At 1:33 a.m. on Saturday, January 21, 2012, about an hour after the four roommates and their three guests had gone to bed, a passerby called 911 to report a fire at the house. When firefighters reached the scene four minutes later, the house, which did not have fire sprinklers, was already fully involved and threatening nearby buildings, Chris Maeder, Fairview Fire District chief, said at a press conference later that day. Four of the occupants had jumped out windows to safety, but three—Block, Fitzsimons, and Dutchess Community College student Kevin Johnson, all 21—were unable to escape. An autopsy report later confirmed that all three students died from smoke inhalation. The cause of the fire was never determined.
Full-time undergraduate students usually live in housing owned by or affiliated with a college, such as dormitories and Greek housing, or in privately owned off-campus housing—the latter posing a far more serious fire threat, according to statistics. According to NFPA data, the annual number of reported fires in college-owned-and-affiliated dormitories, fraternities, sororities, and student barracks increased steadily over the past 30 years; more recently, the number of fires in that category rose from 3,350 in 2003 to 4,160 in 2013, an increase of 24 percent. Despite that rise, the annual average of two deaths per year in college-owned-and-affiliated housing has remained relatively constant since 1980; the annual number of injuries dropped from an average of about 86 per year during the period 1980–1999 to 52 per year during the period 2000–2011, according to NFPA statistics.
Off-campus housing is a different matter. According to the Center for Campus Fire Safety, of the estimated 126 college students who died in housing-related fires between 2000 and October 2014, 107 occurred in fires in off-campus housing. At least four fatal off-campus fires have occurred this year, including deaths in South Dakota, Kentucky, Pennsylvania, and Washington D.C.
Advocates are pushing for increased safety measures in both on- and off-campus housing. Shortly after her death, friends and family of Kerry Rose Fitzsimons set up the Kerry Rose Foundation, with the mission of raising awareness of fire safety on college campuses, focusing specifically on the importance of fire sprinklers. In 2013, the New York State Assembly passed the Kerry Rose Fire Sprinkler Notification Act, which requires all colleges and universities in New York to provide written fire safety notification to every student residing in a college owned or operated housing facility, including whether the housing is equipped with fire sprinklers. Further, the notification must include information about how students can access the college’s federally mandated campus fire safety report. Partly as a result of the foundation’s work, New York also passed a law in 2014 requiring landlords to inform tenants, including college students, about whether or not their apartments are sprinklered. In June, Connecticut passed a similar law, with Jeffrey Block, Eva Block’s father, a driving force behind the effort.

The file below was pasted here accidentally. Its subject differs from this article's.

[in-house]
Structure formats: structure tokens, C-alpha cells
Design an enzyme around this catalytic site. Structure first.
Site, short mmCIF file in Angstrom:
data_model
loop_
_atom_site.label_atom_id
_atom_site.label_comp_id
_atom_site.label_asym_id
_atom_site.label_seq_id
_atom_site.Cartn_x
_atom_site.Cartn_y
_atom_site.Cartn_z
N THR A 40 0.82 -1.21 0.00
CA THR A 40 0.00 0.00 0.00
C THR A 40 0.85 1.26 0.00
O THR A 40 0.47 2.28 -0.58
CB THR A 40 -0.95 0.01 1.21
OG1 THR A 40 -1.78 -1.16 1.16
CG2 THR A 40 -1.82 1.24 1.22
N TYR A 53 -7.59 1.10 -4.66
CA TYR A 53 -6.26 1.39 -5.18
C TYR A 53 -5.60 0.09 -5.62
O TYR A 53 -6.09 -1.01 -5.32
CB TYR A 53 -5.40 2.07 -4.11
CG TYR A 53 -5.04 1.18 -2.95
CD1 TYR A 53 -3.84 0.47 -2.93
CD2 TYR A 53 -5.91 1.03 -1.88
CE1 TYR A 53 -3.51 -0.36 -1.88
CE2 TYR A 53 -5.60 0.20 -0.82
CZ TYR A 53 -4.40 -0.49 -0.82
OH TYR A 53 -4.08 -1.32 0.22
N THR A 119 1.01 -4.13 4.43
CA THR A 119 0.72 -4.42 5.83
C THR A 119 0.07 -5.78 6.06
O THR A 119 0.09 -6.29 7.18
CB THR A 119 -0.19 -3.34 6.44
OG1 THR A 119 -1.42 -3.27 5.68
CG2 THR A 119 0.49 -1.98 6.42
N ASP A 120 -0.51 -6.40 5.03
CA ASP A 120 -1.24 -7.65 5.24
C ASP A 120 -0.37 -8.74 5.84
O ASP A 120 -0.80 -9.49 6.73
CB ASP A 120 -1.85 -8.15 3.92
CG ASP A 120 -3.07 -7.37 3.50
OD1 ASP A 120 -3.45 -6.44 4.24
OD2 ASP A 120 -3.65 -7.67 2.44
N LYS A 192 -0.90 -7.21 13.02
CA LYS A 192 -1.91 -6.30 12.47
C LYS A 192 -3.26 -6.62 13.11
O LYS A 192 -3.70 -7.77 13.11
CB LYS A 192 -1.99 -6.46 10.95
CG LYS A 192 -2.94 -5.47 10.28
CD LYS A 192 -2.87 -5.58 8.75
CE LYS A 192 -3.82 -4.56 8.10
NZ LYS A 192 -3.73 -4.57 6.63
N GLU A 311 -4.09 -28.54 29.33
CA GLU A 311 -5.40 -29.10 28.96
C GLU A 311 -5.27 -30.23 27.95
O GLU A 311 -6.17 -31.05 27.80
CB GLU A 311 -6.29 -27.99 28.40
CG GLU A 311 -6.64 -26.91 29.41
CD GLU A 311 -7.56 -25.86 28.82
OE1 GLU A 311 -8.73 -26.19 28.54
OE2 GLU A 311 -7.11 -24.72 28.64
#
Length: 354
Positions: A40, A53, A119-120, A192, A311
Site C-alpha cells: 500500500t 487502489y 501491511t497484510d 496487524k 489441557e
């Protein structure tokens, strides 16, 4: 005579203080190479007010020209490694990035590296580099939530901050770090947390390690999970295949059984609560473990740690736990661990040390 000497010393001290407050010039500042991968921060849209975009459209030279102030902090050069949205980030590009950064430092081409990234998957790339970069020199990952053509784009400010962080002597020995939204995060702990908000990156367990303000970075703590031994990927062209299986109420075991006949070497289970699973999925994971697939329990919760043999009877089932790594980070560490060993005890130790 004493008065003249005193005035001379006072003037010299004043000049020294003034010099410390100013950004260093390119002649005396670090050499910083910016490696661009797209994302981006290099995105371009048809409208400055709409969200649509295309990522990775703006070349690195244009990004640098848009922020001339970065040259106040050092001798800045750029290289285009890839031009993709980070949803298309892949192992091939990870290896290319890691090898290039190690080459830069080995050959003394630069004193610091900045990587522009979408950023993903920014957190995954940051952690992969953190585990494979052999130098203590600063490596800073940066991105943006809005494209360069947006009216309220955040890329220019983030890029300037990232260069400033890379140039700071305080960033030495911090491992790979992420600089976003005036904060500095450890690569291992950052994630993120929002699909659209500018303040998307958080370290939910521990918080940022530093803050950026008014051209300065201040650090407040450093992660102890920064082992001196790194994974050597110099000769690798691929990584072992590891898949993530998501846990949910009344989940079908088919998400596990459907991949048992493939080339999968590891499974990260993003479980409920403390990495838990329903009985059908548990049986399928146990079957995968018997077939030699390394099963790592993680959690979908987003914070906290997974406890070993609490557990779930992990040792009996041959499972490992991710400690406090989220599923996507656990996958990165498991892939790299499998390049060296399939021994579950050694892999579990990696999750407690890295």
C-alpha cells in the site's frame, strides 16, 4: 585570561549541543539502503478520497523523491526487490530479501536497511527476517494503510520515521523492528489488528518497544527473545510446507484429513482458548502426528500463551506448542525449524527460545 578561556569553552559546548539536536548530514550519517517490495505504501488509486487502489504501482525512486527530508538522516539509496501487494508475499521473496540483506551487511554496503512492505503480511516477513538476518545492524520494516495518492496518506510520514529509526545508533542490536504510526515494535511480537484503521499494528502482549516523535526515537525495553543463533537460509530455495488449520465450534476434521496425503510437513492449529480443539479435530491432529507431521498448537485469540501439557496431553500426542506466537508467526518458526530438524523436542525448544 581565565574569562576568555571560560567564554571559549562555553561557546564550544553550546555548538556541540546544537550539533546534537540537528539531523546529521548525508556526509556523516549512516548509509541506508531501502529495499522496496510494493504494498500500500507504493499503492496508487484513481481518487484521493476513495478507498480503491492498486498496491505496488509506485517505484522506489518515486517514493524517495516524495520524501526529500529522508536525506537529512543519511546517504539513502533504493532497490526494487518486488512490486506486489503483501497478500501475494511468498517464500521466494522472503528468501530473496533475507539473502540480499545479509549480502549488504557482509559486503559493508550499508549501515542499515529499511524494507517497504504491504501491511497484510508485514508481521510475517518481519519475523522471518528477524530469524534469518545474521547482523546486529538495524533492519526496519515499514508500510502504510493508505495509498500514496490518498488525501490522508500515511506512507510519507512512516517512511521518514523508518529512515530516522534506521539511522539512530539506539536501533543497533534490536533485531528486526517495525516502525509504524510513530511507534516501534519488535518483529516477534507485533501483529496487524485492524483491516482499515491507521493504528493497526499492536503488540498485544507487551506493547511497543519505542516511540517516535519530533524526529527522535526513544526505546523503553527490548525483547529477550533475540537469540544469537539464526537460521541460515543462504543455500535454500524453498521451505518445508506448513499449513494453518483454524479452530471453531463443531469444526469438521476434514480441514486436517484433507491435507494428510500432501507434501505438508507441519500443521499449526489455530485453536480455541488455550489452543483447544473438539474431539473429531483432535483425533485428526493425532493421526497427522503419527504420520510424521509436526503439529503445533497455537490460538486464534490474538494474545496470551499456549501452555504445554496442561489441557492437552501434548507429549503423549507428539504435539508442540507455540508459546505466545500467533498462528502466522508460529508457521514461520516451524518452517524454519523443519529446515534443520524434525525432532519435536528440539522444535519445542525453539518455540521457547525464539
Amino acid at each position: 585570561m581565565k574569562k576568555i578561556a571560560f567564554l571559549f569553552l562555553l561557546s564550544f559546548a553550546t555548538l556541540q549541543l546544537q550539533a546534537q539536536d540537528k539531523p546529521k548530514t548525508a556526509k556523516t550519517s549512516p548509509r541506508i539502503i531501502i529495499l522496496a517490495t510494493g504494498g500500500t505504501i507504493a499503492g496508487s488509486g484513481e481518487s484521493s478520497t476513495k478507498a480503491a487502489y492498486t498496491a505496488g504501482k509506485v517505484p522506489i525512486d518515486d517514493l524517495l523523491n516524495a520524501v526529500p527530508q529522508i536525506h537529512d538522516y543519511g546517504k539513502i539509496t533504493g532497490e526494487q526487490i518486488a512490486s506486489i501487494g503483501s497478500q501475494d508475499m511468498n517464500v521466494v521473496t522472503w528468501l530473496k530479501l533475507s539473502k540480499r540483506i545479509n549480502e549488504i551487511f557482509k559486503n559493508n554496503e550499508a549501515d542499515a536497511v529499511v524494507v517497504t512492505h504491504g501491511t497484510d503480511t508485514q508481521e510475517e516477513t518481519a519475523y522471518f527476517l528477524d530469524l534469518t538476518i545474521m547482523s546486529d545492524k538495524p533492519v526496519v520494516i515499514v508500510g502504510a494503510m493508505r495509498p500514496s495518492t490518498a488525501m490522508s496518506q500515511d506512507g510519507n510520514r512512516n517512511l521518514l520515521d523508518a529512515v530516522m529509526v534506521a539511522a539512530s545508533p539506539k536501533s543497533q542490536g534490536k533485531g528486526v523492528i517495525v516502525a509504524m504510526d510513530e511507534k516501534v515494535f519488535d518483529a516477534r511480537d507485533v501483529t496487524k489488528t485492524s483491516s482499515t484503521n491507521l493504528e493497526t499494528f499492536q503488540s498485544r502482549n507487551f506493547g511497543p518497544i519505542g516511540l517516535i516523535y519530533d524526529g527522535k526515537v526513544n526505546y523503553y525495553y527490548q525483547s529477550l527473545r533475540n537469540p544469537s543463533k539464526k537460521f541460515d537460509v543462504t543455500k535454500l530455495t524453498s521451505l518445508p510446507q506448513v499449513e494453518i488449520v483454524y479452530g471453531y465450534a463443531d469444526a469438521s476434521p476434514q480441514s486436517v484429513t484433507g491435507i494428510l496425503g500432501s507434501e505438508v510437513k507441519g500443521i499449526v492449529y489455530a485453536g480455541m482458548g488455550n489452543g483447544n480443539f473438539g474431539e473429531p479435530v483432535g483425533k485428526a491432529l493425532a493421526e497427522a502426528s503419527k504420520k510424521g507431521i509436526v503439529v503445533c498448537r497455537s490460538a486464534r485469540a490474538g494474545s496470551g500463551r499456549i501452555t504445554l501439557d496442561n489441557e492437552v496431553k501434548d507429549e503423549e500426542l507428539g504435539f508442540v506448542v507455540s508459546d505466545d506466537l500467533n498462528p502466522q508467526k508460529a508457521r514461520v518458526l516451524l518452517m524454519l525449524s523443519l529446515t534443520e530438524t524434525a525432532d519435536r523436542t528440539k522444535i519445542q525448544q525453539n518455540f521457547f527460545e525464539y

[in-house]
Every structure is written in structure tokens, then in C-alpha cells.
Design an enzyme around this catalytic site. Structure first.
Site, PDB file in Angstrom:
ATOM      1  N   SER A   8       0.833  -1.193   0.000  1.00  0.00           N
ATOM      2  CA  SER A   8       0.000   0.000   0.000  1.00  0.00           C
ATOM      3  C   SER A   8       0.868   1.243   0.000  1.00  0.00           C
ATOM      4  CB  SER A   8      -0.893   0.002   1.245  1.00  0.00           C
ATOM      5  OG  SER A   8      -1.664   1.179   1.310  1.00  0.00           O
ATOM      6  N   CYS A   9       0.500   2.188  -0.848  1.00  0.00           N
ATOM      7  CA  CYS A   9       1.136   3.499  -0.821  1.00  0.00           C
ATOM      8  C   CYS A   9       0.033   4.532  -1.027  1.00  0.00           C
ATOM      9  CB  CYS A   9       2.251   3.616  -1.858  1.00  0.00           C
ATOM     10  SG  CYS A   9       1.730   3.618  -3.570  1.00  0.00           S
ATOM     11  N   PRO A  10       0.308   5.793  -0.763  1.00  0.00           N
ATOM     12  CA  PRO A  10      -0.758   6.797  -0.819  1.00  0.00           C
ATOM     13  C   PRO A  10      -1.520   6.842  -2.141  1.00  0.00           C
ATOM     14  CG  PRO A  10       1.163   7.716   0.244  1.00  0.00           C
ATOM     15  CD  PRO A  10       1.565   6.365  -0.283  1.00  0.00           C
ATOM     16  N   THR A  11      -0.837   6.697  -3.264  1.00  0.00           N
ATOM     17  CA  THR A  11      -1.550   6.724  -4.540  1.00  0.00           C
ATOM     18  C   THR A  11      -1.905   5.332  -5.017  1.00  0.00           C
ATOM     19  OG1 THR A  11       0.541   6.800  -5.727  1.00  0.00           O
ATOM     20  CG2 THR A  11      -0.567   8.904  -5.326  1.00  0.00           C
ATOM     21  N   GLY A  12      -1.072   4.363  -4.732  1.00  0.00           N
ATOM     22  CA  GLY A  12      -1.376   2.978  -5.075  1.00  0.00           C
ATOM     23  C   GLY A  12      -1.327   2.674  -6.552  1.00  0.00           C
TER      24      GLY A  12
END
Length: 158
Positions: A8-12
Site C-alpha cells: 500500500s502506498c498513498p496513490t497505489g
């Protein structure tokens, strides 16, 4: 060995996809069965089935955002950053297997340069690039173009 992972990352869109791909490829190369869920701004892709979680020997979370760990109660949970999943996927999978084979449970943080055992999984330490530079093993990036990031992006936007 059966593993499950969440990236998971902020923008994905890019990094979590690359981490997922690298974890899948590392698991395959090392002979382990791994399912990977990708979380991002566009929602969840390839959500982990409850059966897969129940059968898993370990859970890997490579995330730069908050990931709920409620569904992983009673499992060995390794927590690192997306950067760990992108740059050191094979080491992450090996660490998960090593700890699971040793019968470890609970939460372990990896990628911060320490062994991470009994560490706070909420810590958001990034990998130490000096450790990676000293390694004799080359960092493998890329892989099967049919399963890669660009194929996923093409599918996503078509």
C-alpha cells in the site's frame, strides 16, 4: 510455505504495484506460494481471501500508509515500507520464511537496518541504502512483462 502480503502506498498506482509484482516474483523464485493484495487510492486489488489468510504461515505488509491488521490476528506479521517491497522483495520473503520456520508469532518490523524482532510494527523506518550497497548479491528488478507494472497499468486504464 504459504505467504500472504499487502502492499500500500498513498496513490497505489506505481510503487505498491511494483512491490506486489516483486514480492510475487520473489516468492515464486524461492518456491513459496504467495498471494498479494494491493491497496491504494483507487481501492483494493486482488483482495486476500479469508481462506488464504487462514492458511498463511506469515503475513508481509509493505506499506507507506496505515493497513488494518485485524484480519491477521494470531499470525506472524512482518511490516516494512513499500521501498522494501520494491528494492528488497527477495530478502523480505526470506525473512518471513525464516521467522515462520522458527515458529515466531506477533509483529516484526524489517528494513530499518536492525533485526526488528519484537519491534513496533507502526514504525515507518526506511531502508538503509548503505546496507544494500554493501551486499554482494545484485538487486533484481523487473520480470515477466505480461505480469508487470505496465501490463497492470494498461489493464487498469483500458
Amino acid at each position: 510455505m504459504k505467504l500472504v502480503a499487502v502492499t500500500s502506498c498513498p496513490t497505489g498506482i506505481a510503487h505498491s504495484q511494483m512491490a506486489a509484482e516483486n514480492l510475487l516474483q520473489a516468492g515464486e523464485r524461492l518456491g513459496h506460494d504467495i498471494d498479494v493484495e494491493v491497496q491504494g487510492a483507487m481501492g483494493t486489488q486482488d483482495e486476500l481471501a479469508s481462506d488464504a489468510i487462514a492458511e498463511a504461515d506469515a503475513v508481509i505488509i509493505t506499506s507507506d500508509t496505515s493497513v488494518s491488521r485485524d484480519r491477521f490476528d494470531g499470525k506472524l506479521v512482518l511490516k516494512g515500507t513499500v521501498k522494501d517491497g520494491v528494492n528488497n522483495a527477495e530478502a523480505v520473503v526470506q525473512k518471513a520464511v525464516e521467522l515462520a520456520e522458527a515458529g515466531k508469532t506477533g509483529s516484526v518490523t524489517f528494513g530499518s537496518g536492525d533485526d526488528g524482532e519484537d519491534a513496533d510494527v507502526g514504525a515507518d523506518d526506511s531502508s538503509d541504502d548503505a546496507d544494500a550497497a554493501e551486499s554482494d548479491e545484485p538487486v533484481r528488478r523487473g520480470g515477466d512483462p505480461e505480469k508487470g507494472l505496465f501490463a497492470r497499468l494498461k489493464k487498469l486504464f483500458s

Now, U.S. Rep. Steve Israel, D-New York, wants to implement New York’s college sprinkler notification rules on a national level. In May 2014, he introduced a federal version of the Kerry Rose Fire Sprinkler Act. Nearly identical to the New York law, the bill would require all colleges and universities in the United States that participate in the Title IX federal aid program to explicitly inform students about whether bedrooms in college-affiliated housing facilities are protected by fire sprinklers. The information would be required in all college materials, such as brochures and websites, that refer to housing amenities. Additionally, colleges would be required to give written notice to students and parents of whether a housing facility has fire sprinklers during the housing selection process, and then notify them again in writing on move-in day. The bill would also require the U.S. Department of Education to aggregate data on the percentage and number of college housing beds in the U.S. protected by sprinklers.
Israel acknowledged that, while the bill does not address safety issues in privately owned off-campus housing, it is a step toward improving fire safety in general wherever college students live. Even incremental steps are difficult to achieve, though; Israel’s sprinkler bill died in committee in the last legislative session, but he plans to reintroduce it in January to coincide with the three-year anniversary of Kerry Rose Fitzsimons’s death.
NFPA Journal spoke with Israel about fires in college housing, what his bill would do, its limitations, and the obstacles it faces.
What have you learned about the state of fire safety in college housing at our nation’s colleges and universities?